DayBreaks for 2/6/19 – The Pathway to Rain

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DayBreaks for 2/06/2019: The Pathway to Rain

From the DayBreaks archive, 2009:

Jeremiah 14:1-11 (NLT) – This message came to Jeremiah from the LORD, explaining why he was holding back the rain: “Judah wilts; her businesses have ground to a halt. All the people sit on the ground in mourning, and a great cry rises from Jerusalem. The nobles send servants to get water, but all the wells are dry. The servants return with empty pitchers, confused and desperate, covering their heads in grief. The ground is parched and cracked for lack of rain. The farmers are afraid; they, too, cover their heads. The deer abandons her newborn fawn because there is no grass. The wild donkeys stand on the bare hills panting like thirsty jackals. They strain their eyes looking for grass to eat, but there is none to be found.”  The people say, “LORD, our wickedness has caught up with us. We have sinned against you. So please, help us for the sake of your own reputation.  O Hope of Israel, our Savior in times of trouble! Why are you like a stranger to us? Why are you like someone passing through the land, stopping only for the night?  Are you also confused? Are you helpless to save us? You are right here among us, LORD. We are known as your people. Please don’t abandon us now!” So the LORD replies to his people, “You love to wander far from me and do not follow in my paths. Now I will no longer accept you as my people. I will remember all your wickedness and will punish you for your sins.”  Then the LORD said to me, “Do not pray for these people anymore.”

We are in the middle of a drought right now here in California.  How foolish if we think that the Lord no longer holds back the rain for the same reason He withheld it in the past!  Yes, he sends rain on the just and unjust, but He is also equally able to withhold it at any time He chooses.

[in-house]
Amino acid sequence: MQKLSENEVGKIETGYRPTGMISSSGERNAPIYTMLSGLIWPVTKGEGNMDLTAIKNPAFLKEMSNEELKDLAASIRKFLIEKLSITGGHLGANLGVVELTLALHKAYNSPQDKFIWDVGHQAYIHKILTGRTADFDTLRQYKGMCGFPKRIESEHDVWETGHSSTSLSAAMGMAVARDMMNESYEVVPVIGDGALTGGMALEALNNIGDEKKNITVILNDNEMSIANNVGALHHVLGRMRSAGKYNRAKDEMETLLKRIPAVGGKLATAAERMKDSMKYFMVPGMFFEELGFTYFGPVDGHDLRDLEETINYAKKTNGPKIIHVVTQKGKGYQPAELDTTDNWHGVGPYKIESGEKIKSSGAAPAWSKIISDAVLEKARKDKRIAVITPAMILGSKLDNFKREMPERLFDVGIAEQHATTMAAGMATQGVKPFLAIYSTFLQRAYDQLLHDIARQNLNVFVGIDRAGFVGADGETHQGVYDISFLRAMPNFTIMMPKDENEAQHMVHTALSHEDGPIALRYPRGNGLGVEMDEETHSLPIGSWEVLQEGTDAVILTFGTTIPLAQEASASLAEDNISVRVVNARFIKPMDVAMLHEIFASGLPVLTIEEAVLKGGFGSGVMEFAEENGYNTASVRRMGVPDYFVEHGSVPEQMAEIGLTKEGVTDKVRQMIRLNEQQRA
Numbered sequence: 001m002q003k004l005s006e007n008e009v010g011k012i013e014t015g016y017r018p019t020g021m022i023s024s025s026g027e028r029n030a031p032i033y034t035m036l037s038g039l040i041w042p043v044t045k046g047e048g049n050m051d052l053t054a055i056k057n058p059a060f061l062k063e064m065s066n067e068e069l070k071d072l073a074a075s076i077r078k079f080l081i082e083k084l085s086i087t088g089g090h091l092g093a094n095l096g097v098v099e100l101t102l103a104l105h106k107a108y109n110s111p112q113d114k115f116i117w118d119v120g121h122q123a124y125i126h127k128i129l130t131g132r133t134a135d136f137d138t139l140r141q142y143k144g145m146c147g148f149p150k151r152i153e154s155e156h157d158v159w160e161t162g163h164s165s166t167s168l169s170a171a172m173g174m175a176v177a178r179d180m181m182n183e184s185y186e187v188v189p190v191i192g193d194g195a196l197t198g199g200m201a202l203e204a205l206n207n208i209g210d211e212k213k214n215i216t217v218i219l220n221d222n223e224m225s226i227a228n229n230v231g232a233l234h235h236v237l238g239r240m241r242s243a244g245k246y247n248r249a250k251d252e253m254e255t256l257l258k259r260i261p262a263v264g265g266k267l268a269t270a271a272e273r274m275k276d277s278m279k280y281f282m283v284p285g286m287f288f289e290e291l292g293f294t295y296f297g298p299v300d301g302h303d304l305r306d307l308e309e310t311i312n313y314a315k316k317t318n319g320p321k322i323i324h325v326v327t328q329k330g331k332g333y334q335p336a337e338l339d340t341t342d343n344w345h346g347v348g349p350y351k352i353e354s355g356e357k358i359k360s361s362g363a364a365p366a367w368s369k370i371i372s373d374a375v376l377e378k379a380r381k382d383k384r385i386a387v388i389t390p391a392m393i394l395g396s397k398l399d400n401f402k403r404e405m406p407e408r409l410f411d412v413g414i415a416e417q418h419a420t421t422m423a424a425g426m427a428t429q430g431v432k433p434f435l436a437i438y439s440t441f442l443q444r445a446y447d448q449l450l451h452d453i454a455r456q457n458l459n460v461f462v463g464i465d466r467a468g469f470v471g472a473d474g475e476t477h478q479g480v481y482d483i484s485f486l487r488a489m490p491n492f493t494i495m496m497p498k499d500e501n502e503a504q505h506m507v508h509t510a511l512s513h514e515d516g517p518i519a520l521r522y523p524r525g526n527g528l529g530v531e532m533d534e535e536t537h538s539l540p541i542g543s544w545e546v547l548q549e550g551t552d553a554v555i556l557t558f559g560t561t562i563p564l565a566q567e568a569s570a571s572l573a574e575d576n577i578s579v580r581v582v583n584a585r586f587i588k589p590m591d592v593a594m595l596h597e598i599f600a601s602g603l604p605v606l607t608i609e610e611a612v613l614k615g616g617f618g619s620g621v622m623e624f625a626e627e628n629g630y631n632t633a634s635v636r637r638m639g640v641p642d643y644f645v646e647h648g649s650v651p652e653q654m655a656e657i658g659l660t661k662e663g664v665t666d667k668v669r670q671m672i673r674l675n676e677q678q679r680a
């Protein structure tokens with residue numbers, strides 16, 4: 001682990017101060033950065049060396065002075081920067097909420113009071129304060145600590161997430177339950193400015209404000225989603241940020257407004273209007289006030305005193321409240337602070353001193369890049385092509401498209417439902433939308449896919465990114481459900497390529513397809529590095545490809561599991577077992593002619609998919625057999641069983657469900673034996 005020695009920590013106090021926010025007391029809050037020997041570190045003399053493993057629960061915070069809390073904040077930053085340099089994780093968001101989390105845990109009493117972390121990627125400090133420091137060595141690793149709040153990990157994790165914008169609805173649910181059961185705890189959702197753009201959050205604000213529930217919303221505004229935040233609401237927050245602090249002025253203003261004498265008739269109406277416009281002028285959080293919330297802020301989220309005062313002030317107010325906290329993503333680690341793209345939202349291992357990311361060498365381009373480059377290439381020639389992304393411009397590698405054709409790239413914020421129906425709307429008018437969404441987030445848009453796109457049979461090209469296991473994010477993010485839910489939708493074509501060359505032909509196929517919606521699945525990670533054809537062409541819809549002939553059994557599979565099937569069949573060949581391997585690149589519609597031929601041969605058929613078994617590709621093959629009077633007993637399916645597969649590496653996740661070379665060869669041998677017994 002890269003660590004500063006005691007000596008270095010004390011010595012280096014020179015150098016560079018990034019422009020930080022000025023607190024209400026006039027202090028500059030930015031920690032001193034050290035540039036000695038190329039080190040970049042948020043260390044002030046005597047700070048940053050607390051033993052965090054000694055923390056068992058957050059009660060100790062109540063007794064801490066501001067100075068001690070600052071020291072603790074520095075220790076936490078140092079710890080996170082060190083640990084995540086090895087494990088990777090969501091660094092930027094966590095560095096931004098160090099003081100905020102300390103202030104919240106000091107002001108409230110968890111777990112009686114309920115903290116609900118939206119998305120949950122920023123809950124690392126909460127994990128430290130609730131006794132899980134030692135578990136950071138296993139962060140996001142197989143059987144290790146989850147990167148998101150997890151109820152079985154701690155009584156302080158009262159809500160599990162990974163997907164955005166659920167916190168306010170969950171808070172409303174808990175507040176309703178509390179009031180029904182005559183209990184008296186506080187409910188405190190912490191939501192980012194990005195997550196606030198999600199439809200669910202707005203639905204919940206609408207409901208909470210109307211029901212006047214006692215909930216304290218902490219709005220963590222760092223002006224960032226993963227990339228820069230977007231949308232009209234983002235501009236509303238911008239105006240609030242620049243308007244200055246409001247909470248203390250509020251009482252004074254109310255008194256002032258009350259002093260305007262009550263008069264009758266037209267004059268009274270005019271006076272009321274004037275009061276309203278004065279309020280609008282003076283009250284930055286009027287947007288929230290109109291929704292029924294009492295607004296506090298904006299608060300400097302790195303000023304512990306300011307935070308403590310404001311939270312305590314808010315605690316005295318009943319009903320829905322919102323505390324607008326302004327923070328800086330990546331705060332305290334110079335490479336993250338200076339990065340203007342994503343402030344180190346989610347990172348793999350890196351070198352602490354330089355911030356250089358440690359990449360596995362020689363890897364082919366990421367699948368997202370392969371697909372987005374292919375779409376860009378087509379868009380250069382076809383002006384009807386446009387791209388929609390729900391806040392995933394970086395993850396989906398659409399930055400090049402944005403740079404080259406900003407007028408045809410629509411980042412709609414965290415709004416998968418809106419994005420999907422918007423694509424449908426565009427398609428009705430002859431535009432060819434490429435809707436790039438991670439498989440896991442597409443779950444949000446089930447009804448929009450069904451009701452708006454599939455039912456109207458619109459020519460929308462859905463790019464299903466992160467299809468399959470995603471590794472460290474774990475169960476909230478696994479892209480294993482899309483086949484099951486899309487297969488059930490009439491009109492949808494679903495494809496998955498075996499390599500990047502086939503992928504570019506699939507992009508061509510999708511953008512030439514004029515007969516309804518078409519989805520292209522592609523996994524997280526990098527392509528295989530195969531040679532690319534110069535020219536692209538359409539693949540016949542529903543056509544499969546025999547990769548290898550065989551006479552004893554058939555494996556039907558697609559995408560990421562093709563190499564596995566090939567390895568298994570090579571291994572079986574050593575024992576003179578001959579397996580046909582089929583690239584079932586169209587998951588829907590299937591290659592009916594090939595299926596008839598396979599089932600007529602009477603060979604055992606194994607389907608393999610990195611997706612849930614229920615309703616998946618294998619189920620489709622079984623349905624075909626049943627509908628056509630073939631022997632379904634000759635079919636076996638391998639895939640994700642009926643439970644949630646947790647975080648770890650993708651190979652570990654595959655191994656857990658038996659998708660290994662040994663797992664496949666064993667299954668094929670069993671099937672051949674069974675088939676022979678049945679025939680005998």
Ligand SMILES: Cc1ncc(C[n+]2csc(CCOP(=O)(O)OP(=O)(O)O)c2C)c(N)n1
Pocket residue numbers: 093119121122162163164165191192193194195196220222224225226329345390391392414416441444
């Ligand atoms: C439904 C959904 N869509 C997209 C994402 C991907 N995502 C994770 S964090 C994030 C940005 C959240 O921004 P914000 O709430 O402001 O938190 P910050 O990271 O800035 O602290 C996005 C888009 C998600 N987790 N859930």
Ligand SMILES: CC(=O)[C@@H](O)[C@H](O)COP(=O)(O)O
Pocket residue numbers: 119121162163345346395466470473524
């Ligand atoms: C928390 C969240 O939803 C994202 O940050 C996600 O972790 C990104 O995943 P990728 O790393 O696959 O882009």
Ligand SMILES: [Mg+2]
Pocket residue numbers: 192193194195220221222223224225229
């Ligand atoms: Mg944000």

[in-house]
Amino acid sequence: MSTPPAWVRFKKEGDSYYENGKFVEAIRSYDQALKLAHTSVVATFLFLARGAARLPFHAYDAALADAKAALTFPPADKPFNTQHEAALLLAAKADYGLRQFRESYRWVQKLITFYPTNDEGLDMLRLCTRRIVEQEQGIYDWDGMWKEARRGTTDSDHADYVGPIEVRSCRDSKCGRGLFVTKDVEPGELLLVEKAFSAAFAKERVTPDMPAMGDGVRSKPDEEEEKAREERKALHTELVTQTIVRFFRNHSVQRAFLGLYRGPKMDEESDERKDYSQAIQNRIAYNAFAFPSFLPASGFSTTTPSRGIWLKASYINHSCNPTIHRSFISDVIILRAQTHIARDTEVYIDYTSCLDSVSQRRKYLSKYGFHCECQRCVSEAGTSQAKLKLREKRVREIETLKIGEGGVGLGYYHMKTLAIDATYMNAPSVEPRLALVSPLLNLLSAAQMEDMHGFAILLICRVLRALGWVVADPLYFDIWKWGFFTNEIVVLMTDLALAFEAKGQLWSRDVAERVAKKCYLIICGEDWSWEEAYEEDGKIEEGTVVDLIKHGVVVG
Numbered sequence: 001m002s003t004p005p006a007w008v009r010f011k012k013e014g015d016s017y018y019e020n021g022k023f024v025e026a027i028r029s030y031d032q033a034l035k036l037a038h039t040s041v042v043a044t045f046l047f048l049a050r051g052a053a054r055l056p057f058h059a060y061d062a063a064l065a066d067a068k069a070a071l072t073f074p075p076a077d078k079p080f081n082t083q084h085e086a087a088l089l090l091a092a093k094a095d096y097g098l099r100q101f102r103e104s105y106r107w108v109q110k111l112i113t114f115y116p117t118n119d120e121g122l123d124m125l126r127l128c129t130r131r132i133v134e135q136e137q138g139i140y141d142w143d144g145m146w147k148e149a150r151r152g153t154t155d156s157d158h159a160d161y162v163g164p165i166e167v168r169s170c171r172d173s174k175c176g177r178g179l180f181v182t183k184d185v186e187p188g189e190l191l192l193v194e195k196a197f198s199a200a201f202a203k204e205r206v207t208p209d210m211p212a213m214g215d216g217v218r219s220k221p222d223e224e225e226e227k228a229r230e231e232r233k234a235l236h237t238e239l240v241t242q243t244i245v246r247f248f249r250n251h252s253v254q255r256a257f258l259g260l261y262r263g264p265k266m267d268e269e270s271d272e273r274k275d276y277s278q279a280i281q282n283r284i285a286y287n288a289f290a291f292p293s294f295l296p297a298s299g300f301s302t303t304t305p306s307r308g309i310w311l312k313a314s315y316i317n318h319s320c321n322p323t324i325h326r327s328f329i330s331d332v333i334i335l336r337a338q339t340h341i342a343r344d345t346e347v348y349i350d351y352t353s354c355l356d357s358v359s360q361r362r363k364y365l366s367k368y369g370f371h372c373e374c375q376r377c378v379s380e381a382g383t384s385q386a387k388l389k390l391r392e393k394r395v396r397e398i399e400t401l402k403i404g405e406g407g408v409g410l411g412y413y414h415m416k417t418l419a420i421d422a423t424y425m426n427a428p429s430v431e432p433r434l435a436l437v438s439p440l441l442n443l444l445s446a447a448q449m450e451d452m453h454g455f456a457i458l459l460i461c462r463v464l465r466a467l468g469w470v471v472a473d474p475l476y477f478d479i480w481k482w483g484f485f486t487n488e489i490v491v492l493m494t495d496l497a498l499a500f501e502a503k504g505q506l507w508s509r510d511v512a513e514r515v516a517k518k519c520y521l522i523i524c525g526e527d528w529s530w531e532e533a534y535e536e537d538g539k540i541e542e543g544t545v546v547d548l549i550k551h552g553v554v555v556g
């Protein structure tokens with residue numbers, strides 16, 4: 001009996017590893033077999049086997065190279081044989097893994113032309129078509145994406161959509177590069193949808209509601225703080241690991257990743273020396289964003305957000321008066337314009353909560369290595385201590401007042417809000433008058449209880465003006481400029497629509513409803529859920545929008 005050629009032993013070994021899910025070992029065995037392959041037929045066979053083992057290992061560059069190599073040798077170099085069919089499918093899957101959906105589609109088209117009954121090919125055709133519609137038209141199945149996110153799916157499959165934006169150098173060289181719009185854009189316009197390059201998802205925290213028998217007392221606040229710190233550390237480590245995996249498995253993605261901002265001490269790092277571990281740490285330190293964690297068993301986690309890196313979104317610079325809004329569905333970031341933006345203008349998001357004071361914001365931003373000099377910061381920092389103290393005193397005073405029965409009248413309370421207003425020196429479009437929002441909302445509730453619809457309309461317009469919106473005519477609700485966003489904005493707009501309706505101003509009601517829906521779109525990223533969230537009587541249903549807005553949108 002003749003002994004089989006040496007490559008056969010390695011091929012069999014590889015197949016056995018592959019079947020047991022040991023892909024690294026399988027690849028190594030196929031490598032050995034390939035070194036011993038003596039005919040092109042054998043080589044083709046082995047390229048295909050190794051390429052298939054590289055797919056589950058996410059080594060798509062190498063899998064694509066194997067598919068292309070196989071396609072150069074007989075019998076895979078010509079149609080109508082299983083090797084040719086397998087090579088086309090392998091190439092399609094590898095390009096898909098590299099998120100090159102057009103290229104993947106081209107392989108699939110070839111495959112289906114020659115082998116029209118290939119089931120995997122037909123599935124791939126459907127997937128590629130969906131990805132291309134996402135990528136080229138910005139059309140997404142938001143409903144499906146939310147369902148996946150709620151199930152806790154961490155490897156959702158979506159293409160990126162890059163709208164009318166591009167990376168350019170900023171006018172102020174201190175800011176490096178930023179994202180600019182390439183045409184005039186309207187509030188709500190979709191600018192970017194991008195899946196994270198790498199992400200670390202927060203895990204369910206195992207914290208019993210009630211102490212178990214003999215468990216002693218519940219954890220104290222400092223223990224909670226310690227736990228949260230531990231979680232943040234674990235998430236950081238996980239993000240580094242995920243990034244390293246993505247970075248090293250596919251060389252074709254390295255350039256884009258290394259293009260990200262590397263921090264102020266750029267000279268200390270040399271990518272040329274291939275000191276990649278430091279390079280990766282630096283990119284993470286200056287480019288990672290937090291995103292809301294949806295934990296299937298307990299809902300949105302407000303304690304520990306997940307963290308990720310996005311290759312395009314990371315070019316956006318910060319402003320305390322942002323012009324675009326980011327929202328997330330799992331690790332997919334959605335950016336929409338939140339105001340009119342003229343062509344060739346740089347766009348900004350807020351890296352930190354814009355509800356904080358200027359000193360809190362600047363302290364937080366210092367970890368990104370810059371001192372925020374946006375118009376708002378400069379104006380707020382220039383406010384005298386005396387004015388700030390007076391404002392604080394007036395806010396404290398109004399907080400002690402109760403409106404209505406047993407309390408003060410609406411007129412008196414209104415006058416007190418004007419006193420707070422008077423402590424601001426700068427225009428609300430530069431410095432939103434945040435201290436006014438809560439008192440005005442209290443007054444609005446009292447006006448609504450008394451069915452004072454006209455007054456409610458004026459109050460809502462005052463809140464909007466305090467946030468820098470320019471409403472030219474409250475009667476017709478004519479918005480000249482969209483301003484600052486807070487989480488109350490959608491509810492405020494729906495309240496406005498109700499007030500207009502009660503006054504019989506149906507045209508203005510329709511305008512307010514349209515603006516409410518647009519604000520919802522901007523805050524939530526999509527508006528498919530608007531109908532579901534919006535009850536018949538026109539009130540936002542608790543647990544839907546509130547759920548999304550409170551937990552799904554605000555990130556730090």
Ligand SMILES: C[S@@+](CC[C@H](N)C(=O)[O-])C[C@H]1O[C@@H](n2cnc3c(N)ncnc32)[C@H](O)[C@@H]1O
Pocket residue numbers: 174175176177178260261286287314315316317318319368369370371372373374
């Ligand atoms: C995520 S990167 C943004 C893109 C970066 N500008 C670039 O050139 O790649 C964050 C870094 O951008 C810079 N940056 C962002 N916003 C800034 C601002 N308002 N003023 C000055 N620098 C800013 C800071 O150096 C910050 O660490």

But what I found especially intriguing about this passage was in verses 7-9 where the people plead with the Lord to help them.  It is a wonderful sounding plea, also reflecting some of our own doubts and confusion about why God acts as He does.  I know there have been plenty of times when I was confused by what God was doing or not doing, when it seemed He was a stranger or powerless to do anything (that, by the way, is a horrible assumption – just because He doesn’t act certainly doesn’t mean He’s powerless to do so!)  Pay careful attention to the reason the people approach the Lord: they say that their wickedness has caught up with them and that they’ve sinned, but they beg for His help for the “sake of Your own reputation.”  They never ask for forgiveness – they only get as far as a confession, which is short and not very convincing.  They never get past the confession to asking for forgiveness and they show no inclination towards repentance.  Instead, it is as if they are trying to convince God that it’s in His own best interest to just forgive them and send them rain.   

How many times have I tried to appeal to God’s self-interest thinking I could manipulate Him into a certain desired behavior?  I’m not even sure that God can have “self-interest”!  My repentance had better be real.  True repentance moves the heart of God but fake repentance, even when there are lots of fine sounding words, never does.  And if God’s mercies don’t rain down upon us, we will all die of the drought.

PRAYER: Father, we say things hoping we can get You to “fall” for them as if You were another human from whom we can hide the truth.  Lord, we have sinned against you.  We ask you for forgiveness.  We desire to repent from the evil we do and to experience once again the refreshing mercies that fall from Your throne of grace.  In Jesus’ name, Amen.

Copyright by 2019 by Galen C. Dalrymple.  ><}}}”>

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DayBreaks for 12/26/18: Not Like the World Gives

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From my friend, Barney Cargile, Barney’s Bullets:

Christmas Day, 1863. America’s poet laureate, Henry Wadsworth Longfellow, found himself in a deep state of depression. America was embroiled in the Civil War, the bloodiest conflict in our history. A devout abolitionist, his heart was broken by the terrible war. But even worse, his personal grief was overwhelming.  A month earlier, his oldest son was critically wounded in battle. Two years prior, his wife Fannie burned to death right in front of him, when her clothes caught fire. Longfellow was severely injured in an effort to extinguish her, and carried severe scars for the rest of his days.